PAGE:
Sherk's frustration mounts after delay

LOS ANGELES – Any idea that Ultimate Fighting Championship lightweight champion Sean Sherk's appeal would be an easily executed line item in the California State Athletic Commission’s agenda was dispelled Tuesday in a Los Angeles hearing room.

On July 19, the CSAC suspended Sherk for one year and fined him $2,500 after he tested positive for Nandrolone Metabolite, an anabolic agent.

Sherk had been slated to appear in front of the commission after filing an extension with the CSAC in early August. He enlisted Los Angeles-based lawyer Howard Jacobs, who has been the defense attorney in several high-profile doping cases, to defend him.

Jacobs wasted no time in attacking the foundation of the claims made against Sherk. First on his list was the “chain of custody” for the urine sample taken by the CSAC after the July 7 fight. Deputy Attorney General Karen Chappelle had established the commission’s procedural diligence in dealing with the sample as a primary piece of evidence against Sherk.

It wasn’t long before Jacobs found a missing link in the commission’s procedures, revealing a paperwork gap in custody between CSAC officials and Quest Diagnostics, Inc., the laboratory in charge of testing.

Furthermore, Jacobs contested the absence of a brief he had drafted to support his arguments – one he claimed was sent last Friday – that was conspicuously absent from the commission members at the hearing. Commission members had received Chappelle’s supporting paperwork; without his, he argued, the hearing could not continue fairly.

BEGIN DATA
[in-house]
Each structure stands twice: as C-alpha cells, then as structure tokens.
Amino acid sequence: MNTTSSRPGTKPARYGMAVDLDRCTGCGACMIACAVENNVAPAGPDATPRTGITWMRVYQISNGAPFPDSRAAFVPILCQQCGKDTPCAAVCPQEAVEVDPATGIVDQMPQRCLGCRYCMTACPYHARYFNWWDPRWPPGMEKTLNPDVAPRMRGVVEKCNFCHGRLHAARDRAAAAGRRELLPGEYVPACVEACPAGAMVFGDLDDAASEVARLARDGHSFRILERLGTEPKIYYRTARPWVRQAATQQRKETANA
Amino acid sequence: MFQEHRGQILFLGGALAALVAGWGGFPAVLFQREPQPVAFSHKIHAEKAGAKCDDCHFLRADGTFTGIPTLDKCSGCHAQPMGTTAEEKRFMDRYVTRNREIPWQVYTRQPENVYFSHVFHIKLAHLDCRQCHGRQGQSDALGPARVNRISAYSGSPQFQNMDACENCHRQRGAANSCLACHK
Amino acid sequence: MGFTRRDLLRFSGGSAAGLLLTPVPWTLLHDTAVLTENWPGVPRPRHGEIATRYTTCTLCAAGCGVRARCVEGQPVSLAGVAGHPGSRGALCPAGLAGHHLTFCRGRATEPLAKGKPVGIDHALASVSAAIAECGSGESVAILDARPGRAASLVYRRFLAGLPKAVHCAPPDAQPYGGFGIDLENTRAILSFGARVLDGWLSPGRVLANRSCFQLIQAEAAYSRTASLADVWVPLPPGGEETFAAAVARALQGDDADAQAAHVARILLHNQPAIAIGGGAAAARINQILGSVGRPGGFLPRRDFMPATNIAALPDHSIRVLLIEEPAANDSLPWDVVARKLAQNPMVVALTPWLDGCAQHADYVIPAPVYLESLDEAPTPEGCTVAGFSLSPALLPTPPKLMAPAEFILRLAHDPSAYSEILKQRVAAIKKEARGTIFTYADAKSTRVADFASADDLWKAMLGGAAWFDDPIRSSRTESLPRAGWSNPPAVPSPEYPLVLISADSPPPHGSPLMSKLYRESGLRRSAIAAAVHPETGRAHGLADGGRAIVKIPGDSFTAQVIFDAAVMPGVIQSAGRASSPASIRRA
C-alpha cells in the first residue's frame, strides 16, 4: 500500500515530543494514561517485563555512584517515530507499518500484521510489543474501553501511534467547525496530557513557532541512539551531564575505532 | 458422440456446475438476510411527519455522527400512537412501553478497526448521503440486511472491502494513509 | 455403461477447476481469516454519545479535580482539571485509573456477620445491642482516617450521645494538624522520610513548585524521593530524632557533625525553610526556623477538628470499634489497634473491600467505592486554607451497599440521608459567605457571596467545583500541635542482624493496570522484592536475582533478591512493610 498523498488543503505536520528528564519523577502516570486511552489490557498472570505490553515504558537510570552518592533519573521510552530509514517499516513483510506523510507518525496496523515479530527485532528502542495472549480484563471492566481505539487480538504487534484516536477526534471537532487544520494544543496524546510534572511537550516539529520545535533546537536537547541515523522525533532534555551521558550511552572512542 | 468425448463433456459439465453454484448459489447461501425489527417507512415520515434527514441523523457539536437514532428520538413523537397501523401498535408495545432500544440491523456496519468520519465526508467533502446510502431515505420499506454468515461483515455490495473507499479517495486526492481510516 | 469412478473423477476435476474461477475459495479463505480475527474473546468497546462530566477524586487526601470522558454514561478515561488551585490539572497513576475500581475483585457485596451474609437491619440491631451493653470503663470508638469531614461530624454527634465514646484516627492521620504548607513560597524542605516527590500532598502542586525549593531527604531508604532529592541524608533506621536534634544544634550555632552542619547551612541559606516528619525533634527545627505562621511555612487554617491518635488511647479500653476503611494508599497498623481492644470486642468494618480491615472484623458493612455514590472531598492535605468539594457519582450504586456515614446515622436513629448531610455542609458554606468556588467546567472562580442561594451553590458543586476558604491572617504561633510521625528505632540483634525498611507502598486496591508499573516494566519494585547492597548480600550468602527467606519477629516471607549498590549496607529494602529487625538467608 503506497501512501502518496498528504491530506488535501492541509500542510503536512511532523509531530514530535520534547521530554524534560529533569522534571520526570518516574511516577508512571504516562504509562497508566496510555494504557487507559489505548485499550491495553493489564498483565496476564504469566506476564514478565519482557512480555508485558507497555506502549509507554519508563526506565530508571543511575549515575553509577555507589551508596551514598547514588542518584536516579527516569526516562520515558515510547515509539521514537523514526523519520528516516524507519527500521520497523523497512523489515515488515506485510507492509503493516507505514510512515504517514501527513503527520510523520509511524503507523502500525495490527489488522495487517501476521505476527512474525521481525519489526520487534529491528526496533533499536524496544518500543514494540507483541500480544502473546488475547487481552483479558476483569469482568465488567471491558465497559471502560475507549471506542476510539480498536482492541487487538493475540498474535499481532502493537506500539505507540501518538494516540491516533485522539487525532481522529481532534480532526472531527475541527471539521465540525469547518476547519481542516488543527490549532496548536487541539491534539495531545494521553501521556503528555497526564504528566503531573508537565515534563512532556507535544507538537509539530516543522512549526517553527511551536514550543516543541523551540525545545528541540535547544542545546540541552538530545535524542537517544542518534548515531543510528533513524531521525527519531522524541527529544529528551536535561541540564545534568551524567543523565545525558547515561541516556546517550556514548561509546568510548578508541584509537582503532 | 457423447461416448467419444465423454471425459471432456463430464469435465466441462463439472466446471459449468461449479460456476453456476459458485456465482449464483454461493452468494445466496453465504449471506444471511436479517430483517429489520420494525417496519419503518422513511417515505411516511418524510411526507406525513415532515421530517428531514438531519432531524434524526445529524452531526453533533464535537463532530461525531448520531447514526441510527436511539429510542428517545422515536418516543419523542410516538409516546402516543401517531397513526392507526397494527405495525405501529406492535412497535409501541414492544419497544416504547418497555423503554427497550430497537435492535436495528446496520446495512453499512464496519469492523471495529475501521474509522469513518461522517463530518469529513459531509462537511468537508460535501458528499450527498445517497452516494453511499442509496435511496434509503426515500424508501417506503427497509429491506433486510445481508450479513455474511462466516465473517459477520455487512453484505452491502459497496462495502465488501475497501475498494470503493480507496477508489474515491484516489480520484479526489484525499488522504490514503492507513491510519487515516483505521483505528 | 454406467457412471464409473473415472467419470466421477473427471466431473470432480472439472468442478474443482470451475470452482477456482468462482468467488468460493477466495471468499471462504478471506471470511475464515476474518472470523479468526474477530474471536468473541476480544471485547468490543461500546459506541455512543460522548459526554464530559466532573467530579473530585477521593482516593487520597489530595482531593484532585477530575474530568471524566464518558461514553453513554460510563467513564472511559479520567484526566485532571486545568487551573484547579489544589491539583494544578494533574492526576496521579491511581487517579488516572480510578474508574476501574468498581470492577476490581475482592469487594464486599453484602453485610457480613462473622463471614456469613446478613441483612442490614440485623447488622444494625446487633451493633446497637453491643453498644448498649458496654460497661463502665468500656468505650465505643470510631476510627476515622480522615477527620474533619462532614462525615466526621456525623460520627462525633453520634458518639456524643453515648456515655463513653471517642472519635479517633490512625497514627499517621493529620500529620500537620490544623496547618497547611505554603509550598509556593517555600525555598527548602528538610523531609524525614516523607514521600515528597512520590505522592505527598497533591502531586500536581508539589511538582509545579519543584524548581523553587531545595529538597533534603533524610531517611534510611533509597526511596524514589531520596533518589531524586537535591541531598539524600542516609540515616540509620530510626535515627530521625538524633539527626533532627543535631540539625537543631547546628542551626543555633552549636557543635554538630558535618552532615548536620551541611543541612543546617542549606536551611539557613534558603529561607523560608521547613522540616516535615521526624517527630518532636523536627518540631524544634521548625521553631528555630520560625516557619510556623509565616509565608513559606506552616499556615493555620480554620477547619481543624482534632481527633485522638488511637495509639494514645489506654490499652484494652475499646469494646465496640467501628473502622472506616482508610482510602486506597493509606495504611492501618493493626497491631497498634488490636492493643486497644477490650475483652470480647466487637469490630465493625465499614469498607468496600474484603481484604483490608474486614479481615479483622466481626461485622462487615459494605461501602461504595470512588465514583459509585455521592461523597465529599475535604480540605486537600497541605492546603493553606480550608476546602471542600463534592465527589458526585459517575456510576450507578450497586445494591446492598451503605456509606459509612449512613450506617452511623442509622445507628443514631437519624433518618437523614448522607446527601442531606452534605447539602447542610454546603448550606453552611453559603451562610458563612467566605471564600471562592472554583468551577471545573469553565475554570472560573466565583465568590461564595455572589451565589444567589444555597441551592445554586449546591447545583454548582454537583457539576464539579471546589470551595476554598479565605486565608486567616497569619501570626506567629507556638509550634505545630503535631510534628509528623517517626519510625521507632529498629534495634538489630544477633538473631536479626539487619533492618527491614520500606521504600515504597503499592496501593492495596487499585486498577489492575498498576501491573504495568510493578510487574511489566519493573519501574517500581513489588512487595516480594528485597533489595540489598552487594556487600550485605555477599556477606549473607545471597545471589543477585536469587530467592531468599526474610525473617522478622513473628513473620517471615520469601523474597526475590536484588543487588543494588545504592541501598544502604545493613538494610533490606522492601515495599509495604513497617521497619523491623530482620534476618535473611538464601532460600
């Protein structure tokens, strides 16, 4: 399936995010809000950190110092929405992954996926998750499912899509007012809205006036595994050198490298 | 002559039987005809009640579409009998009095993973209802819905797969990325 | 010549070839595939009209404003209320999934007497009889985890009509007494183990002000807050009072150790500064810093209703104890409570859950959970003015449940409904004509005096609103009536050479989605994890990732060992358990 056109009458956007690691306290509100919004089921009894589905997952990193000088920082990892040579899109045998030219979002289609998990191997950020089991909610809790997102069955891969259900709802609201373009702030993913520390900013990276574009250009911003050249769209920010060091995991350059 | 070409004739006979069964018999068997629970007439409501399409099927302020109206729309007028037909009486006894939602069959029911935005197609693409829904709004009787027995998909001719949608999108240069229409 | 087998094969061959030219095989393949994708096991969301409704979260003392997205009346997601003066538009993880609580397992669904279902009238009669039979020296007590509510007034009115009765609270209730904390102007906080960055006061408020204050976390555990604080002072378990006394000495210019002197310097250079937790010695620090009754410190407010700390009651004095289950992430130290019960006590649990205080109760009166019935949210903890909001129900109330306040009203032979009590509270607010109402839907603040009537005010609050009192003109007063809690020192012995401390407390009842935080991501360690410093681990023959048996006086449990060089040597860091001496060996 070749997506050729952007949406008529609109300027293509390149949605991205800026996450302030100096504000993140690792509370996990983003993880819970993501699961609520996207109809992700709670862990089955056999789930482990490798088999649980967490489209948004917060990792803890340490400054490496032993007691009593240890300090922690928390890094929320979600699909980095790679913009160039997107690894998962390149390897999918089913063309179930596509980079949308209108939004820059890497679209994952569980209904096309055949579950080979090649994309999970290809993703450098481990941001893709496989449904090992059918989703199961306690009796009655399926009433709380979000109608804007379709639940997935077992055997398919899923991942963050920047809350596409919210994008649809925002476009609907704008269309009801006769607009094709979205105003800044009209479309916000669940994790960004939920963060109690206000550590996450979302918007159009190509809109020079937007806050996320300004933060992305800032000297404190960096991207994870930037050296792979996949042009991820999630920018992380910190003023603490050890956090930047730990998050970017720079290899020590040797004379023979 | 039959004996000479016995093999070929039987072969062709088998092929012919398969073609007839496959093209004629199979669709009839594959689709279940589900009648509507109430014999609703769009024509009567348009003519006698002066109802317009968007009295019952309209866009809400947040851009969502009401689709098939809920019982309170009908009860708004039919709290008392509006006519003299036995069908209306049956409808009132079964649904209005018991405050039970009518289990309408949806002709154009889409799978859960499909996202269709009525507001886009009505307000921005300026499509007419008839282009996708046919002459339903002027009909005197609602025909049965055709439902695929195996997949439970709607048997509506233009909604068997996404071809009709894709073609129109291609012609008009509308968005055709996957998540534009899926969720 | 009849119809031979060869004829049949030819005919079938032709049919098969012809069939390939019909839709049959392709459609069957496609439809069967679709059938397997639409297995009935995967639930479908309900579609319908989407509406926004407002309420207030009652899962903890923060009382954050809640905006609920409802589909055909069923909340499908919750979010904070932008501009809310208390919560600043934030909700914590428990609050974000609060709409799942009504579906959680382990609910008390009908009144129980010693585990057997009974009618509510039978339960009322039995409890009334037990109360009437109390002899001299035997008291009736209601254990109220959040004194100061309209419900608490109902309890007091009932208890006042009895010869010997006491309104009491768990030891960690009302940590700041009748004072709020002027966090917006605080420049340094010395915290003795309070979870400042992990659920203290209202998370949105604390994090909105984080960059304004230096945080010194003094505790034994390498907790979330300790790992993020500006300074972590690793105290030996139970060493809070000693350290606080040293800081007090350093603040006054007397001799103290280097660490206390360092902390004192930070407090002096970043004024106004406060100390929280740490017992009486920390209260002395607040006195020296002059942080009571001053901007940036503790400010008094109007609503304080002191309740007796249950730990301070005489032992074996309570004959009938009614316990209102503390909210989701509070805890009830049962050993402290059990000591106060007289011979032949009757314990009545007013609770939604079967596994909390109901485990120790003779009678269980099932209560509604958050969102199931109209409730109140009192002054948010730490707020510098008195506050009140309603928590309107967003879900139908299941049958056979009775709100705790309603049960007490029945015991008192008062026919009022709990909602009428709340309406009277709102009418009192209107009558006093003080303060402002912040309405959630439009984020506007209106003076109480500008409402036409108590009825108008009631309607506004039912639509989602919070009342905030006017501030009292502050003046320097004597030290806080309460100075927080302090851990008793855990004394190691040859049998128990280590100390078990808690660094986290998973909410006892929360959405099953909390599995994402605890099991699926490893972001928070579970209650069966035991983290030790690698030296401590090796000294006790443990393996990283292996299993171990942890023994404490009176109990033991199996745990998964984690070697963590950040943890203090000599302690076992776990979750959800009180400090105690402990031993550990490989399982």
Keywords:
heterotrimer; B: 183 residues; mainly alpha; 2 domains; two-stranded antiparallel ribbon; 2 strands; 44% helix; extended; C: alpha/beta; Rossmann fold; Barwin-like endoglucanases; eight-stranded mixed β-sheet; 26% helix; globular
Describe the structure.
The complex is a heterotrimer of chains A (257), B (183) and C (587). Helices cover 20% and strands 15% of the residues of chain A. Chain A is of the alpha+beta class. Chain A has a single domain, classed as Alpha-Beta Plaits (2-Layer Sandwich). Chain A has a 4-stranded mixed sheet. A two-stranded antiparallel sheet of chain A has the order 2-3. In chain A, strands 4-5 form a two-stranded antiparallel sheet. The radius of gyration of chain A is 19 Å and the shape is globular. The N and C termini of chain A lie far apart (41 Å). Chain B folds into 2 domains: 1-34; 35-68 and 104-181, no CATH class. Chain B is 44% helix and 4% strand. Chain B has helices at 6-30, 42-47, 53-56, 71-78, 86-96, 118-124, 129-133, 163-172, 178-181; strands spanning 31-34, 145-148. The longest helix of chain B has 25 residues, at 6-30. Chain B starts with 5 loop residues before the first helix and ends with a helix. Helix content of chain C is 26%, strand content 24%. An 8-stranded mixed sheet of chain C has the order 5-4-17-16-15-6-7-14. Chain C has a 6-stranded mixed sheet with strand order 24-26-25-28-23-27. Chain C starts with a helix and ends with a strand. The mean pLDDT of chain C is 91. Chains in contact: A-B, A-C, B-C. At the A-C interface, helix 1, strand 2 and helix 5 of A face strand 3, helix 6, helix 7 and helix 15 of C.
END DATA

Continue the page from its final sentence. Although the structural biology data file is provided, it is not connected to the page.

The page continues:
“Why don’t we have it?” a commission member pondered aloud, prompting snickers from the audience.

Despite the presentation and testimony of Quest scientific chief Barry Sample, detailing the procedures for receiving and testing samples like Sherk’s, the objection sucked the air out of the prosecution’s momentum.

Commission adjudicator Spencer Walker moved to “recess” the hearing and administer a decision by a mail vote, but the commission quickly decided the only way to proceed properly was to postpone the hearing.

The final bone of contention was over the admissibility of a polygraph test administered to Sherk. Jacobs had presented the tester as a possible witness for the defense. Chappelle objected – California bars polygraphs as evidence in criminal proceedings – but it left a major question hanging in the air.

Is Sherk’s case a hearing, or a trial?

Upon settling on a return date of Nov. 13, Walker informed both sides that a decision on the polygraph would be reached in private within two weeks.

In an exclusive interview with, Jacobs expressed his disbelief at the postponement.

“We would have finished it today,” Jacobs said. “I did send [the brief] to the head of the commission. In California law, polygraphs are not admissible for criminal proceedings, but they are admissible in other types of cases. So it’s our position that it is admissible here. I mean, this is quasi-judicial at best. They should have worked it out beforehand.”

The lightweight champion was fairly reserved about his opinion on the hearing, but only because he felt he had to be.

“I can’t give you my true opinion,” Sherk said gruffly. “I’m ready to fight, to get this behind me, and now it’s a longer process.”

Sherk said he had spent over $20,000 in his defense, not including money he would have made with another fight this year.

“I was confident coming in here that the facts would speak for themselves, but after today, I’m not so sure.”

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